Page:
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Sweet Emotions: Cataloging a Universal Language

Written by Melissa Dellacato
12/5/2014

Daniel Cordaro '07 at the Yale Center for Emotional Intelligence. Photo by Harold Shapiro

Do you know how to tell when someone’s flirting with you?

Daniel Cordaro ’07 does.  He conducts research for the Yale Center for Emotional Intelligence and has cataloged 30 universal facial expressions that convey the same emotions for dozens of cultures. “Flirtatiousness” is one of them.

Cordaro has traveled as far as Thailand, Myanmar, and Bhutan to record and analyze the facial expressions of people in remote villages of those countries, and he found that the same 30 expressions were recognizable even in these locales. He and his colleagues are using their library of expressions to build emotional intelligence assessments for adults and children.

Check out a great one-minute video of what Dan has discovered with his research:



 

"Anticipation": Starting at IC

Although this psychology-based research might seem unusual for someone who graduated from Ithaca College with a chemistry degree—and one who once described the fume hood in a lab as a “comfort zone”—Cordaro insists that his career path has followed a logical progression.

During a campus tour at IC as a prospective student, Cordaro decided to take off on his own to explore what he really wanted to see: the chemistry lab.  After a professor led Cordaro on a personal tour of the labs and equipment, the professor mentioned an on-campus position for performing research in the chemistry department. Before even being officially enrolled at IC, Cordaro jumped at the opportunity.

A self-described introvert in high school, Cordaro gained experience at Ithaca College that helped him come out of his shell. Through campus involvement, like the chemistry club where Cordaro served as president, and great relationships with friends and faculty members, he said he was able to do a complete “personality 180.” To enhance his experience at IC, he also traveled to California and Germany to continue his work in chemistry.

“[All of this combined] really helped me learn some public speaking skills and how to have a presence in front of others,” he said.

"Excitement": Creating a Career Path

After graduation, he was accepted into the graduate program at the University of California at Berkeley, where he completed his master’s degree in chemistry.

Shortly after he began teaching, Cordaro realized he was more interested in the way his students were learning and expressing themselves than in the chemistry he was teaching them.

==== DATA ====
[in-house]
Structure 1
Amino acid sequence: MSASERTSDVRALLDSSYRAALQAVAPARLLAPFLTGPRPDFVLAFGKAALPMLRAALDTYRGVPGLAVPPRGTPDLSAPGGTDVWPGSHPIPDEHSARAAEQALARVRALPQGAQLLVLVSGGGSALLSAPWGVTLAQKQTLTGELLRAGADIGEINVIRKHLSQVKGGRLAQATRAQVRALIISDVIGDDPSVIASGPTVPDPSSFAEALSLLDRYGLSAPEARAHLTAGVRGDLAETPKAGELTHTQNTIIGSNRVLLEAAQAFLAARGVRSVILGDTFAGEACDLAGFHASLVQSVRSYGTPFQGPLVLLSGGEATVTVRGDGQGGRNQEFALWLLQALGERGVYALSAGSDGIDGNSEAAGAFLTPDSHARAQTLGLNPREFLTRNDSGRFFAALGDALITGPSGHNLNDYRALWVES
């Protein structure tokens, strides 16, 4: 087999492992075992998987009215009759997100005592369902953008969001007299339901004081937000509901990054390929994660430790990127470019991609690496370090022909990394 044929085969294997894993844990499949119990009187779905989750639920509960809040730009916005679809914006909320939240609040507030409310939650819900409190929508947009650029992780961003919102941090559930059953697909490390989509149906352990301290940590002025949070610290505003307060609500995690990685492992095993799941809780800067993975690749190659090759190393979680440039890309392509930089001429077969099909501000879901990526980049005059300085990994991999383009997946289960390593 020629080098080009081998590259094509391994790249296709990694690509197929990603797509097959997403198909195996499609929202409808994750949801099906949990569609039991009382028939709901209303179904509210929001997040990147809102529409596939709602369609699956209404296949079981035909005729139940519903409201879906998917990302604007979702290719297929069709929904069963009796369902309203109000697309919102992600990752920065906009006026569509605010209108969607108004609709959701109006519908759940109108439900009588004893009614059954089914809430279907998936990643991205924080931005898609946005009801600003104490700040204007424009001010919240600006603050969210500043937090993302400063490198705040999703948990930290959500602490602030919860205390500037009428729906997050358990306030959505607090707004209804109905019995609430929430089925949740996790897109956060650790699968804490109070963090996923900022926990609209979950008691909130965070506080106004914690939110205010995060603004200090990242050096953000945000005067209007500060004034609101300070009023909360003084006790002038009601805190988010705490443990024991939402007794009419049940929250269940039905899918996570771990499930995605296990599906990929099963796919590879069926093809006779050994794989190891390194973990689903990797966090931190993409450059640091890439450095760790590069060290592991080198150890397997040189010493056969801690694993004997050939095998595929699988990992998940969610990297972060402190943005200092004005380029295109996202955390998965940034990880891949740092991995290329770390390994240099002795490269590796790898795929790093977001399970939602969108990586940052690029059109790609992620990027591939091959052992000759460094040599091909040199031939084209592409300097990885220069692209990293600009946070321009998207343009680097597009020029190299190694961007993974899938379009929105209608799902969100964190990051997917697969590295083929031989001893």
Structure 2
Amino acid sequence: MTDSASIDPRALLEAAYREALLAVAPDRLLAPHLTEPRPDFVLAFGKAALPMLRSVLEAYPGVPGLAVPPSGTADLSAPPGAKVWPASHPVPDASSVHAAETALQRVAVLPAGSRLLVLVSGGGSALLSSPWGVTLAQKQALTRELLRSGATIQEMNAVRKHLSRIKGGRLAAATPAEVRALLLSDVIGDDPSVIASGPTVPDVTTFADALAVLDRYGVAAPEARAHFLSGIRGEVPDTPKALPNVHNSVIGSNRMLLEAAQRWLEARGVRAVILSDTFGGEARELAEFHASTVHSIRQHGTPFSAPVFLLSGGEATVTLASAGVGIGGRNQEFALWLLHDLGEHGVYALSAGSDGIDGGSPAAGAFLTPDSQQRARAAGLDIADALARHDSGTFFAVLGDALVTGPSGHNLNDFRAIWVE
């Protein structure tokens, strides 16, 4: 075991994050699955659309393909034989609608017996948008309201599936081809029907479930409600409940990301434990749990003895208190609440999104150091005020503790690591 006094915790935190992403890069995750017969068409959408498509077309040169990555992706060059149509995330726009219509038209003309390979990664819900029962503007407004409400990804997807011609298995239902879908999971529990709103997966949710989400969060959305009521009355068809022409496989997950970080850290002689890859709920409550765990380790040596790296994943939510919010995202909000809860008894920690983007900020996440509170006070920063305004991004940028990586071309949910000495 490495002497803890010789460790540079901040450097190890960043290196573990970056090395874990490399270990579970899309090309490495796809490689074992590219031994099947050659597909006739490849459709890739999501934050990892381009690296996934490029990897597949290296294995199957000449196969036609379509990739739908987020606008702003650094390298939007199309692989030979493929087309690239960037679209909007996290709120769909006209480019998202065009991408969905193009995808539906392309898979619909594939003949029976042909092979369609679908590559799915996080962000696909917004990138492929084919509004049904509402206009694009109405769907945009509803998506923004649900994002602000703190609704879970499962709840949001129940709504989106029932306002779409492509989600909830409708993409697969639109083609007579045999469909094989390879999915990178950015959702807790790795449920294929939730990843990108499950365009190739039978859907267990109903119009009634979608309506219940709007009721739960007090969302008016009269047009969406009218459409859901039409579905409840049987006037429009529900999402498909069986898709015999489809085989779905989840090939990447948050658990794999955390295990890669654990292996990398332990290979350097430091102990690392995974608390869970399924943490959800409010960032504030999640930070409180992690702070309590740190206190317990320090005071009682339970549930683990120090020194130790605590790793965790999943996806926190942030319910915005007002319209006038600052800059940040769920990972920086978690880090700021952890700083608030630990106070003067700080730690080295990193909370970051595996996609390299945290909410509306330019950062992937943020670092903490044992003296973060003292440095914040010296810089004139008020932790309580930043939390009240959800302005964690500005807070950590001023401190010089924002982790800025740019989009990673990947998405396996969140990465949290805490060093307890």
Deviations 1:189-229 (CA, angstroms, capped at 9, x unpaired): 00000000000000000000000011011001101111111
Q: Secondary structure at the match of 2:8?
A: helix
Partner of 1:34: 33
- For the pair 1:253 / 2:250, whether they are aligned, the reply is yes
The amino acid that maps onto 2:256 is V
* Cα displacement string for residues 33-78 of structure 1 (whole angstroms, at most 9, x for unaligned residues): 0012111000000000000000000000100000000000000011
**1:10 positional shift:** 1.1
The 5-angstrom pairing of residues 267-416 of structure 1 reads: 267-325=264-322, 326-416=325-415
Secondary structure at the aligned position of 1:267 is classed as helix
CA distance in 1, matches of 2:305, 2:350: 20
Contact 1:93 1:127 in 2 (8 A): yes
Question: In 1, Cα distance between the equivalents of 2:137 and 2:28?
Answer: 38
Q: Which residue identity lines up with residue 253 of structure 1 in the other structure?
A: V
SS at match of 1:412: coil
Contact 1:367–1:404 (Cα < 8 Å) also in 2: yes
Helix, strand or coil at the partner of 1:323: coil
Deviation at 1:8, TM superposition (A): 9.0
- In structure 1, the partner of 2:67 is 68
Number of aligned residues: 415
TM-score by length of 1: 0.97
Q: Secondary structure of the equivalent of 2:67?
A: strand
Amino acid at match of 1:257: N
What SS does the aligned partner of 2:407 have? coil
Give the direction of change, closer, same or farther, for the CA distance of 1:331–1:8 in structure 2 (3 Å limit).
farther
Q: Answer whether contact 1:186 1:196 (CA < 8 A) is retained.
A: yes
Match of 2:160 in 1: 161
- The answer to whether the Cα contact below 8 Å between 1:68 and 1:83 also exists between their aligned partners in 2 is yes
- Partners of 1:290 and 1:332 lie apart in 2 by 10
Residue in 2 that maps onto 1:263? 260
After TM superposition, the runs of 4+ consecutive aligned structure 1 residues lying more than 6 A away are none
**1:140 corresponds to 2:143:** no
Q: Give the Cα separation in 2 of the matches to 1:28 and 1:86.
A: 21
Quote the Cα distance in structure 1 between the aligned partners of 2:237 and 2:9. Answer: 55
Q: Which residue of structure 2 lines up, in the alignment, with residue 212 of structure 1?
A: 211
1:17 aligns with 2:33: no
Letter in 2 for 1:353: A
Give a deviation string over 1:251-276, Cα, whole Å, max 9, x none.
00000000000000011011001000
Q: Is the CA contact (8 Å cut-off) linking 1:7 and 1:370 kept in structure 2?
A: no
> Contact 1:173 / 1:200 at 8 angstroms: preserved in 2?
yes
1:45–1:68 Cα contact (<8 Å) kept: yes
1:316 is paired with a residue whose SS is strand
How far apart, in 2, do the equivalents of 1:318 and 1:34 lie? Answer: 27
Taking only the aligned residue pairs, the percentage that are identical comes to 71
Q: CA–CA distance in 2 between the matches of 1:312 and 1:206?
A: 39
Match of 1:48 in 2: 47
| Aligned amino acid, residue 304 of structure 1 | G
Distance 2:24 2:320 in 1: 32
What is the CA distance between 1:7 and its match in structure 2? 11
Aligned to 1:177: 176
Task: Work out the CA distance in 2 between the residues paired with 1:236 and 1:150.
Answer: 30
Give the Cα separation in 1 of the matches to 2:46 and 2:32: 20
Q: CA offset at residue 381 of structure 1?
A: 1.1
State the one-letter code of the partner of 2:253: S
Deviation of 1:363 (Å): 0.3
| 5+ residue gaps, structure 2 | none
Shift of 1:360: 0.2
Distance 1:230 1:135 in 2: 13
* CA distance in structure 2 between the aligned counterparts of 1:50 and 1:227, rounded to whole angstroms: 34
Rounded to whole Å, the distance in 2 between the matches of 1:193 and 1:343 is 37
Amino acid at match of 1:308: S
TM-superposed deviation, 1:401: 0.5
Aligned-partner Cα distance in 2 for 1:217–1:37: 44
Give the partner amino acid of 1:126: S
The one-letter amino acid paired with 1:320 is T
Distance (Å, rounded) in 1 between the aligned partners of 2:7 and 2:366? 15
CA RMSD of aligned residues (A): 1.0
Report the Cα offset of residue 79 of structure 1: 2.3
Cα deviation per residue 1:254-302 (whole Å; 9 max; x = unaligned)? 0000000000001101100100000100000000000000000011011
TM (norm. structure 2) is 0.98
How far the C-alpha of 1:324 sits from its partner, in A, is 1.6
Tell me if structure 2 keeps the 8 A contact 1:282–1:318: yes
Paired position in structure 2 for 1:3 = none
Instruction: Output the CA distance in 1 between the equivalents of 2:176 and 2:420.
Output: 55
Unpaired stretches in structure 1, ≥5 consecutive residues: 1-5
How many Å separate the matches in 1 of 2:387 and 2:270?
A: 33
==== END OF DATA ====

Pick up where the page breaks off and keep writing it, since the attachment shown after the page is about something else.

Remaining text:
“I started to realize that I wasn’t really built to be a chemist psychologically,” Cordaro said. “I’m more into figuring out why people do the things they do.”

He started to read psychology books, learning about the complexity of human emotion and behavioral science. “I loved it,” Cordaro said. “I couldn’t get enough of it.”  

"Curiosity": Conducting Research

Soon after, Cordaro went to work as a research assistant with a group in San Francisco and began cataloguing human emotional expression. In order to determine whether human emotional expression is universal or culturally determined, Cordaro and his fellow researchers traveled around the world, collecting and analyzing over 5,000 examples of expression.

The results of the research indicated that there are 30 universally recognizable expressions in the human repertoire including surprise, disgust—and flirtatiousness.

“The idea that human beings all speak the same fundamental, basic, nonverbal language blew my mind,” Cordaro said.

Though on the surface chemistry and psychology are extremely different, Cordaro said that both subjects speak to a deeper understanding of the motivations behind human actions and emotions.

“All science is interchangeable at the very basic level,” he said. “Coming from [chemistry] into psychology, where it’s not as concrete, is actually an exciting opportunity to apply scientific techniques to human nature and human behavior, and how we experience the world.”

In January 2014, Cordaro traveled to Southeast Asia where he collaborated with schools in Thailand and Japan to collect more data on emotional expression.

“The more I travel, the more I get to experience human similarities and differences firsthand, and I can feel myself connecting with people on a basic human level,” Cordaro said. “Travel has given me subjective evidence that there is something common among all people despite cultural and linguistic boundaries.”

This past fall, Cordaro became a postdoctoral associate at the Yale Center for Emotional Intelligence.

“Learning about human emotions, the way people interact, the way they behave, and the reasons that they behave the way that they do is a fundamental part of being human,” Cordaro said. “I want to bring that [understanding] to people as effectively as I can.”



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